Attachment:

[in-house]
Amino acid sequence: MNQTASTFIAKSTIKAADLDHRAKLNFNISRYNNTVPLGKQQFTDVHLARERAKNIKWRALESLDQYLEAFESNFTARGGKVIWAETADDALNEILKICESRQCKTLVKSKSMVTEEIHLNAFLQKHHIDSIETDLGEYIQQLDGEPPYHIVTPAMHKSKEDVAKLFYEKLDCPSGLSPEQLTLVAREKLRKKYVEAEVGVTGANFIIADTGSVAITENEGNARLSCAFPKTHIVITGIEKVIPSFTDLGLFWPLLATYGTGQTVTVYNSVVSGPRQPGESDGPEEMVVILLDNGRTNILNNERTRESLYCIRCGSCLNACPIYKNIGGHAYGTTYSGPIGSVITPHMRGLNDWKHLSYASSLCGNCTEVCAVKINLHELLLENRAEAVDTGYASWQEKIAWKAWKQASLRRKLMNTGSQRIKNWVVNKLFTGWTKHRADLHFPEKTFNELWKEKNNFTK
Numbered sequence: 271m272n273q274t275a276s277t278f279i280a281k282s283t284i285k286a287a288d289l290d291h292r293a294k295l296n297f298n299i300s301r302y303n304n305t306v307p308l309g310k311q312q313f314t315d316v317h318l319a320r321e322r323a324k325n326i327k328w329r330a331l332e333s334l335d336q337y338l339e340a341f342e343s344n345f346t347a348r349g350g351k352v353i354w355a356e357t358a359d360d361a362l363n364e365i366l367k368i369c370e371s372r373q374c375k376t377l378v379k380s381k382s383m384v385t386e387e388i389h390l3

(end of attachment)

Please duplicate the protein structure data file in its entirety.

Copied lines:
[in-house]
Amino acid sequence: MNQTASTFIAKSTIKAADLDHRAKLNFNISRYNNTVPLGKQQFTDVHLARERAKNIKWRALESLDQYLEAFESNFTARGGKVIWAETADDALNEILKICESRQCKTLVKSKSMVTEEIHLNAFLQKHHIDSIETDLGEYIQQLDGEPPYHIVTPAMHKSKEDVAKLFYEKLDCPSGLSPEQLTLVAREKLRKKYVEAEVGVTGANFIIADTGSVAITENEGNARLSCAFPKTHIVITGIEKVIPSFTDLGLFWPLLATYGTGQTVTVYNSVVSGPRQPGESDGPEEMVVILLDNGRTNILNNERTRESLYCIRCGSCLNACPIYKNIGGHAYGTTYSGPIGSVITPHMRGLNDWKHLSYASSLCGNCTEVCAVKINLHELLLENRAEAVDTGYASWQEKIAWKAWKQASLRRKLMNTGSQRIKNWVVNKLFTGWTKHRADLHFPEKTFNELWKEKNNFTK
Numbered sequence: 271m272n273q274t275a276s277t278f279i280a281k282s283t284i285k286a287a288d289l290d291h292r293a294k295l296n297f298n299i300s301r302y303n304n305t306v307p308l309g310k311q312q313f314t315d316v317h318l319a320r321e322r323a324k325n326i327k328w329r330a331l332e333s334l335d336q337y338l339e340a341f342e343s344n345f346t347a348r349g350g351k352v353i354w355a356e357t358a359d360d361a362l363n364e365i366l367k368i369c370e371s372r373q374c375k376t377l378v379k380s381k382s383m384v385t386e387e388i389h390l3